The command has been given to the workers of the nation to prepare themselves to take to the streets should the state-controlled National Insurance Scheme (NIS) proceed to give government a haircut on millions owed to the financial institution.
The 18-month old Keith Mitchell-led government has approached the NIS along with other creditors for a haircut as part of the Structural Adjustment Programme (SAP) to deal with a high debt stock.
Since coming into office in February 2013, the Mitchell government has defaulted on debt payments to the island’s major creditors.
Addressing a recent meeting of the Upper House, Labour Representative in the Senate, Raymond Roberts told the Parliamentary session that the labour movement is totally against any haircut for government by NIS.
“We want to call on workers to arm themselves to take to the street in large numbers if the Directors of NIS ever give a haircut. This money is for pensioners, people who have retired and people who are old aged. You cannot take that money for haircut – forget about it,” he said.
According to Sen. Roberts, the anti-haircut block is unanimous among all of the seven affiliates of the Grenada Trades Union Council (GTUC).
The trade unions have sought the support of the Grenada Employers Federation (GEF) to get its two members on the NIS governing board to support the two others representing the TUC to vote against any such proposal that comes up for discussion.
The TUC is confident that if the Employers give support the motion for a hair cut from NIS could be defeated 4-3 on the vote.
Sen. Roberts described the Mitchell administration as one of taxes.
He pointed out that in every meeting of the Senate there is always a new tax measure on the order paper.
The regime has been forced to implement a series of austerity measures in order to get the support of the Washington-based International Monetary Fund (IMF) and World Bank for its Structural Adjustment Programme.
Sen. Roberts told the Upper House that in1995, Dr. Mitchell and his New National Party (NNP) were voted into office by the electorate on a culture that it can run the country successfully without collecting Personal Income Tax from workers earning less than $60,000 per year.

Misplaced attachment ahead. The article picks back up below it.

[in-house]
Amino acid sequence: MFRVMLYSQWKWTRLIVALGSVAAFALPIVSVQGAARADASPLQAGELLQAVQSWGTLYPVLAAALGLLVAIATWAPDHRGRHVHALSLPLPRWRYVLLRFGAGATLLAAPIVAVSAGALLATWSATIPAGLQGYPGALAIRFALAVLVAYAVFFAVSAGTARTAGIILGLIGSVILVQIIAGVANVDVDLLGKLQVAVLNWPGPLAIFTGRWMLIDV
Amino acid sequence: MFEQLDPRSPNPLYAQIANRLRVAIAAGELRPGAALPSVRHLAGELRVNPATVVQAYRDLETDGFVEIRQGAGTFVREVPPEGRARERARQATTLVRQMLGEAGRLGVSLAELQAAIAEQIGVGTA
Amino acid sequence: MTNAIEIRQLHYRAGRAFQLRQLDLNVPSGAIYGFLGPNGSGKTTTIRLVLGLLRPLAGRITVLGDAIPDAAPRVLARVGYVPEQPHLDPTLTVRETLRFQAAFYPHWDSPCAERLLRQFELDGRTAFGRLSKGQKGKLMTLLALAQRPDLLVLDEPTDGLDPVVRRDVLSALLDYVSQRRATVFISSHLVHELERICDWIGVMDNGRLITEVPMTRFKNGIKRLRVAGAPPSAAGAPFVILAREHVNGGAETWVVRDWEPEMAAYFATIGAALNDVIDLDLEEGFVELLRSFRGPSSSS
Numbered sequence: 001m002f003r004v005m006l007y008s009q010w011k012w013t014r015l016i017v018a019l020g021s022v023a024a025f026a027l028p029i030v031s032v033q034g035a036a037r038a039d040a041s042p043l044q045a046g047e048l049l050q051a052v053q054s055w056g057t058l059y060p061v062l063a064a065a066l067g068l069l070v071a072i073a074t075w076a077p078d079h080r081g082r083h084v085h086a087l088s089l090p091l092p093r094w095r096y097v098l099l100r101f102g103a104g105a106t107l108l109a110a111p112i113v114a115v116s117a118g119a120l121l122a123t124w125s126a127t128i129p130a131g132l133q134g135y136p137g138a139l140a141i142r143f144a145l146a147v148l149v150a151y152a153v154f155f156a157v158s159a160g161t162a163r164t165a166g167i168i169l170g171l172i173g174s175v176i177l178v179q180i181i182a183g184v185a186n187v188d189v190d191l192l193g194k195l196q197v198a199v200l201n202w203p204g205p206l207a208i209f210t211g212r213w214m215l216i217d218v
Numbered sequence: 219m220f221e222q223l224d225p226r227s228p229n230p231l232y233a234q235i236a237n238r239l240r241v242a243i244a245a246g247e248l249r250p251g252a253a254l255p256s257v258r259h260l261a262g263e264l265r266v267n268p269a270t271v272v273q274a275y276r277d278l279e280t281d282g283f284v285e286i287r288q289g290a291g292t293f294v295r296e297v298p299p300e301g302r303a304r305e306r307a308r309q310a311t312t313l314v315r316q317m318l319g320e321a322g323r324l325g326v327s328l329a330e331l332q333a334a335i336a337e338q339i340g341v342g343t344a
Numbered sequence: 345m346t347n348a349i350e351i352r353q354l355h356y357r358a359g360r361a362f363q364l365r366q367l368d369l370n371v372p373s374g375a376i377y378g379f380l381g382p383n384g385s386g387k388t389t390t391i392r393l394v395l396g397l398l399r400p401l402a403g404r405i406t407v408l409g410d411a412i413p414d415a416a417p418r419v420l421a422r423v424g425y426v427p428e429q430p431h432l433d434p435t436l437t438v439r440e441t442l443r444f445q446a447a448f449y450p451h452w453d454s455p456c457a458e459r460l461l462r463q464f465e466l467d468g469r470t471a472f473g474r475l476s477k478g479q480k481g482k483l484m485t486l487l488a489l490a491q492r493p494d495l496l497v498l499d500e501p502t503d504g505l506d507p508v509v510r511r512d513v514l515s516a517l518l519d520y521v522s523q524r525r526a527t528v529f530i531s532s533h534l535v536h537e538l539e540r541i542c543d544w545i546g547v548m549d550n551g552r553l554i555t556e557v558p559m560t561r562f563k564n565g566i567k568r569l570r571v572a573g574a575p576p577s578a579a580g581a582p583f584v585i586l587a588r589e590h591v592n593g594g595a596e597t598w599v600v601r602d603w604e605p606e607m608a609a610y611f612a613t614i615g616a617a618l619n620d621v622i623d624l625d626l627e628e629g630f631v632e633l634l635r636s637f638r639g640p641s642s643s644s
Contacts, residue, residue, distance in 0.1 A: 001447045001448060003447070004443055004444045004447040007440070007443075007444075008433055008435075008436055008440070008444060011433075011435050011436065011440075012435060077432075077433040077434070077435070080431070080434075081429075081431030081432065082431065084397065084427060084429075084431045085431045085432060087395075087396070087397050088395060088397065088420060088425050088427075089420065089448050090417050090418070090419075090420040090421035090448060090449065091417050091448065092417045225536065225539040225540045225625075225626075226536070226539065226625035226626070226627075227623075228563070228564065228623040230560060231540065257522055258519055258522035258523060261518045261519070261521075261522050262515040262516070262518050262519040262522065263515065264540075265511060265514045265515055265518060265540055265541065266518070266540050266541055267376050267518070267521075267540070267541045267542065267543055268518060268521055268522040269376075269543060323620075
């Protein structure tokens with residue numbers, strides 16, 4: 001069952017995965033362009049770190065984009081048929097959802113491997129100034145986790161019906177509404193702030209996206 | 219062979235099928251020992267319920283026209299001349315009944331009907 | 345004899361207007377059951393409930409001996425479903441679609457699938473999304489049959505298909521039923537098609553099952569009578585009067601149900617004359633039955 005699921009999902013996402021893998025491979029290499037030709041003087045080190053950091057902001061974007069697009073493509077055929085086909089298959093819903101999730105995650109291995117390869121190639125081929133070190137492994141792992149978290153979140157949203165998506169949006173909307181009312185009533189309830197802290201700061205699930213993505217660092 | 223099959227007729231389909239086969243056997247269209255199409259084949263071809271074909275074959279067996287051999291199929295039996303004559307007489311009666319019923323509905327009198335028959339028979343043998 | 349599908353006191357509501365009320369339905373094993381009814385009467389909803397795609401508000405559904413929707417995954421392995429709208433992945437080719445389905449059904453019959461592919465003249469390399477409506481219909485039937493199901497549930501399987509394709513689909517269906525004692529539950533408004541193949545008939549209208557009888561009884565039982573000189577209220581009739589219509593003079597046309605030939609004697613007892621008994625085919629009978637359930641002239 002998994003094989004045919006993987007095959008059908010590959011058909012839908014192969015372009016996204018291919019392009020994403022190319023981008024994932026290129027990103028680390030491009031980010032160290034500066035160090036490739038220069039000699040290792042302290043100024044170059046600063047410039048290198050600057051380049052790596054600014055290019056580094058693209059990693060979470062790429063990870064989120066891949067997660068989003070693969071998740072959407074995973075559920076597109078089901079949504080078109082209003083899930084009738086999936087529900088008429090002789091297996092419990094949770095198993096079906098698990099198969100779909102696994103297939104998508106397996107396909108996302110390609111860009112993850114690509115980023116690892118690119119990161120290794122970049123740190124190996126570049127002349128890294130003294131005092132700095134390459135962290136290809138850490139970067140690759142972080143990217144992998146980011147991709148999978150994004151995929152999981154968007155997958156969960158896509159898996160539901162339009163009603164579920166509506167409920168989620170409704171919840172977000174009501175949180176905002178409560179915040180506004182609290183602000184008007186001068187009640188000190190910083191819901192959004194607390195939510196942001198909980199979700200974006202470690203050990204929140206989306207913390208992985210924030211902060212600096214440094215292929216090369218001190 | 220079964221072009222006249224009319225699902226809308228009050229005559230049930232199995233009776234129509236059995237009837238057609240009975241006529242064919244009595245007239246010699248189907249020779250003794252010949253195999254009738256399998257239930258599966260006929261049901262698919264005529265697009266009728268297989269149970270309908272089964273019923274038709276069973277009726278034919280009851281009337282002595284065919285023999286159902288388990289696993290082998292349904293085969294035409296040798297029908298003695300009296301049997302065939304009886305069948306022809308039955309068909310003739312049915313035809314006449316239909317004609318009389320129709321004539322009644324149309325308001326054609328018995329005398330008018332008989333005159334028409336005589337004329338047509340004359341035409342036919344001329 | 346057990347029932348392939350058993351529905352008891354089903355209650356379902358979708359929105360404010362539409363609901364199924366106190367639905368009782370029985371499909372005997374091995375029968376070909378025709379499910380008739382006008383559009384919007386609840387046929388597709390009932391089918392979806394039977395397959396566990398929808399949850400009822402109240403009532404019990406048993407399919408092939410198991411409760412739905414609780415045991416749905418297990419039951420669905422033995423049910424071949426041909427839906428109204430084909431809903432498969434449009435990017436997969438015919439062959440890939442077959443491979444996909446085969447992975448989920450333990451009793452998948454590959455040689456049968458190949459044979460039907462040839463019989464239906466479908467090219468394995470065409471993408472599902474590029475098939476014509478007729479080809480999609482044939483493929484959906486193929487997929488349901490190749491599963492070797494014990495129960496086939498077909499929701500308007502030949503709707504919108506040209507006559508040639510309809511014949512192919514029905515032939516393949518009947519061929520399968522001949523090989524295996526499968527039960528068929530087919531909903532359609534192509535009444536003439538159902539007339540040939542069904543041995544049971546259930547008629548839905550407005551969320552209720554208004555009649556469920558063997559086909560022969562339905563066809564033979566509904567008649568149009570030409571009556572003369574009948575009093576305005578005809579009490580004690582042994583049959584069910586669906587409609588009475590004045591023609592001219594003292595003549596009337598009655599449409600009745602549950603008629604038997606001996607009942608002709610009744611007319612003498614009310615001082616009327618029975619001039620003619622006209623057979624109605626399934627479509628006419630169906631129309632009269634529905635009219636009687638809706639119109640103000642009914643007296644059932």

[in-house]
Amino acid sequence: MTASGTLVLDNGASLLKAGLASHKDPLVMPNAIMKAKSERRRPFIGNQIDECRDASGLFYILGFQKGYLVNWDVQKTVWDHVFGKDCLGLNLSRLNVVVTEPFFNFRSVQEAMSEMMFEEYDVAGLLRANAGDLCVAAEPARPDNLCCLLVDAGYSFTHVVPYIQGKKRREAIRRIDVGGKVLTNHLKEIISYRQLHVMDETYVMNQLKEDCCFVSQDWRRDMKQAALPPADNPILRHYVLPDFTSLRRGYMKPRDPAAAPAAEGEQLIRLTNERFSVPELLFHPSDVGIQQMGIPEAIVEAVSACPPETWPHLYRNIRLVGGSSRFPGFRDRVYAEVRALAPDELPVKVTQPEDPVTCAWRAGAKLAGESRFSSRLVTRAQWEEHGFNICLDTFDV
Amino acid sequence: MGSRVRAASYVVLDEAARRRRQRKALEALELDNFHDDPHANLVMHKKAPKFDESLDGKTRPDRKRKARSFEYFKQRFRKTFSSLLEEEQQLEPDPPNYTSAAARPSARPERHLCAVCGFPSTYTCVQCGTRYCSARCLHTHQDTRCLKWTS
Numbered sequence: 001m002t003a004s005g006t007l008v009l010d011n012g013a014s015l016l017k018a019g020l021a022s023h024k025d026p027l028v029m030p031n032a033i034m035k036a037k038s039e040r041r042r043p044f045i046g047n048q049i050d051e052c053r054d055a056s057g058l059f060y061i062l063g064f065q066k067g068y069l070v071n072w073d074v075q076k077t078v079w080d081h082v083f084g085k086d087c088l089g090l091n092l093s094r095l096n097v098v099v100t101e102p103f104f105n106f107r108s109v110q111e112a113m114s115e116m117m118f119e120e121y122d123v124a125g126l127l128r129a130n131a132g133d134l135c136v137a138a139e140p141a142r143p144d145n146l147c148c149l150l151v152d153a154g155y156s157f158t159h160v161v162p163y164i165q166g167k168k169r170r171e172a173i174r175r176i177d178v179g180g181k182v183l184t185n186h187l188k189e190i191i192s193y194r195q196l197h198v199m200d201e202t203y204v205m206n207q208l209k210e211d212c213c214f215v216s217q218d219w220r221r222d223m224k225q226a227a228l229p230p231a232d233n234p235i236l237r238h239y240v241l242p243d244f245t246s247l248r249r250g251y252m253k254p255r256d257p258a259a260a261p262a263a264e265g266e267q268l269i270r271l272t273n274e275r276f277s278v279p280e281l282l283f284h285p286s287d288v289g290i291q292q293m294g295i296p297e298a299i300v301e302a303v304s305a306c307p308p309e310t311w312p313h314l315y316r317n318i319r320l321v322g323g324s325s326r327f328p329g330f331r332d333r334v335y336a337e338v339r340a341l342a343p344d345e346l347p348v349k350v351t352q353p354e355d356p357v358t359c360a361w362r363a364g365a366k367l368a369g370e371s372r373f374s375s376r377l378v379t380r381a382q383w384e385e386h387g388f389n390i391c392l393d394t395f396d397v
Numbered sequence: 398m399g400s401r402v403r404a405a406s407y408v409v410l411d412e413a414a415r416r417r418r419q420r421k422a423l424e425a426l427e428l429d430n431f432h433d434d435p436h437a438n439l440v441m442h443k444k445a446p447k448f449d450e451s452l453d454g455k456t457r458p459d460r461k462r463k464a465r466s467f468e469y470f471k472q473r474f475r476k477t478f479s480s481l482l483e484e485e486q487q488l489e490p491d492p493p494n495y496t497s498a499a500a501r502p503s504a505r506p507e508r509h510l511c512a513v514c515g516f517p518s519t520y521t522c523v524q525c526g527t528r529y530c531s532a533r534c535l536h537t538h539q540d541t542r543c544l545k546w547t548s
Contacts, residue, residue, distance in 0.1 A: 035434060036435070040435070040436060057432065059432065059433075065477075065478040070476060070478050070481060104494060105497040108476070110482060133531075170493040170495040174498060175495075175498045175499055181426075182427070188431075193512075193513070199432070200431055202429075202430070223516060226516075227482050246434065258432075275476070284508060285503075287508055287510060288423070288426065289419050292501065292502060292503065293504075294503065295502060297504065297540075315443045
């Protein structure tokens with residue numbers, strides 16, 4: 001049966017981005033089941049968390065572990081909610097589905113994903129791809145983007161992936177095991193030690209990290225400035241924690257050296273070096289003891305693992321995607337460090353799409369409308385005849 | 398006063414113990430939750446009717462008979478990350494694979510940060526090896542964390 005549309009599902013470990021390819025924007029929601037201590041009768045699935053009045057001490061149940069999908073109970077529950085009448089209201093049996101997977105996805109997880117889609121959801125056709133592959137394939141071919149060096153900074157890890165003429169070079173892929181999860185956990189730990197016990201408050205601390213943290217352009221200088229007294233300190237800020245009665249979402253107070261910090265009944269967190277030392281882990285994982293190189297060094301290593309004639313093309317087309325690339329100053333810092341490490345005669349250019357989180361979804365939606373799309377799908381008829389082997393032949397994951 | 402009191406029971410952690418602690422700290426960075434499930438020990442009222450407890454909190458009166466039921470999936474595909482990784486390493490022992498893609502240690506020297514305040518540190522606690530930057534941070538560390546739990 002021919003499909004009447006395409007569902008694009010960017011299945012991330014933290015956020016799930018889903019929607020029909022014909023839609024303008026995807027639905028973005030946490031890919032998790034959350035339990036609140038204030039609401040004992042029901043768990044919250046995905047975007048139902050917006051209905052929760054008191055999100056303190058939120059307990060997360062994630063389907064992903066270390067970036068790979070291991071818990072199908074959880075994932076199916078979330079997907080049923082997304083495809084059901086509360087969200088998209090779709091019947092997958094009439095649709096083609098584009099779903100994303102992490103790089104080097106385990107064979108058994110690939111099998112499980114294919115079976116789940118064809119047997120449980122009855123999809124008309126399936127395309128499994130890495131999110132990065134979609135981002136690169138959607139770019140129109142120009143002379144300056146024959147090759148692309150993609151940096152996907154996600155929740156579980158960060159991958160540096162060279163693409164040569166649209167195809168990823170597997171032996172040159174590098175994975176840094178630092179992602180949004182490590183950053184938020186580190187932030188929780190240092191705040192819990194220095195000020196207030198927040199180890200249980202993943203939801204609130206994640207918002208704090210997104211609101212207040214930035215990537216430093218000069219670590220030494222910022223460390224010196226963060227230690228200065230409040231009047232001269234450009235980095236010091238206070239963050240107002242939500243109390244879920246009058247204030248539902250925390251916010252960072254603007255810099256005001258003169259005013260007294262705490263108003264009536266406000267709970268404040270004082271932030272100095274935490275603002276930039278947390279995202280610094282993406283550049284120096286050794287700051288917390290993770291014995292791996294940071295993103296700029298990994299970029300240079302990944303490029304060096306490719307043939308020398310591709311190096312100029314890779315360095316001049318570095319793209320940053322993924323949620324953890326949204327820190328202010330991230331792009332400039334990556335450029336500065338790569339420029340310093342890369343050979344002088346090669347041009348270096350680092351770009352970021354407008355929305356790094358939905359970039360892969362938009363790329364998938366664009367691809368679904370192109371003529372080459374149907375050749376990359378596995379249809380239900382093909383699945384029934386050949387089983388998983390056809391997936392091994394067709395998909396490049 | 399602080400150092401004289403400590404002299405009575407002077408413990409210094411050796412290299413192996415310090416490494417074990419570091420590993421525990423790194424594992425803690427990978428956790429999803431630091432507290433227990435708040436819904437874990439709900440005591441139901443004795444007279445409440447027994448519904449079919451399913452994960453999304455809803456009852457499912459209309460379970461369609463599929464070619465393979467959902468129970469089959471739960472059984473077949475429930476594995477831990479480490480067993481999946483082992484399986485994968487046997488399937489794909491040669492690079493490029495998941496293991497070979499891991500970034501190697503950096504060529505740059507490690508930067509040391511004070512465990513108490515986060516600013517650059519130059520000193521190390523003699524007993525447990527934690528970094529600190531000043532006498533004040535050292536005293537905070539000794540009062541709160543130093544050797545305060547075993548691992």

He noted that less than one year after returning to office in February 2013, the NNP regime was forced to institute a Structural Adjustment Program which now calls on workers who earn$3000 and above per month to pay income tax. Sen. Roberts blamed Prime Minister Mitchell for the financial debacle in which the country has now found itself.
He charged that between 1995 and 2008 the Mitchell governments embarked upon a spending spree.
In addition, he said that Grenada’s current leadership is void of wisdom and leadership that was synonymous with former Prime Minister Sir Eric Gairy who took the island to independence from Great Britain in 1974.
“I pray that the current leadership will be bless with as much as 10% of Sir. Eric’s wisdom. If that is forthcoming better days may be ahead,” he told the Senate.
Meanwhile, two independent Senators Raymond Roberts and Keith Clouden are finding it difficult to receive answers to questions that are asked of government Senators in the upper house of Parliament.
During the last seating of the Senate, Sen. Roberts along with Sen. Clouden who is the Farmers representative voiced their frustration over the failure of their opposing peers in the Senate to provide them with answers on a timely basis.
Leader of government business in the Senate, Minister of State for Implementation, Sen. Kenny Lalsingh who was asked a number of questions by Sen. Roberts said once again that, “The answers are not available right now.”
Similarly questions asked of the Parliamentary Secretary in the Ministry of Information, Sen. Winston Garraway by Sen. Roberts also went unanswered.
No answers to questions also came from the Parliamentary Secretary in the Ministry of Agriculture, Sen. Simon Stiell.
In his reply to questions directed at him, Sen. Stiell once again told the Senate that he is still working on the answers and should be in a position to submit them at the next seating.
According to Sen. Clouden this was the same answer given by Sen. Stiell at the last sitting of the Senate.
Sen. Roberts pointed out to President of the Senate, Lawrence Joseph that the questions were filed over two months now and that in a democracy it is expected that Senators should be more efficient.
“This is almost three months and these questions are still unanswered. This is obviously not fair to Grenada, Carriacou and Petite Martinique,” Senator Roberts told the Senate meeting.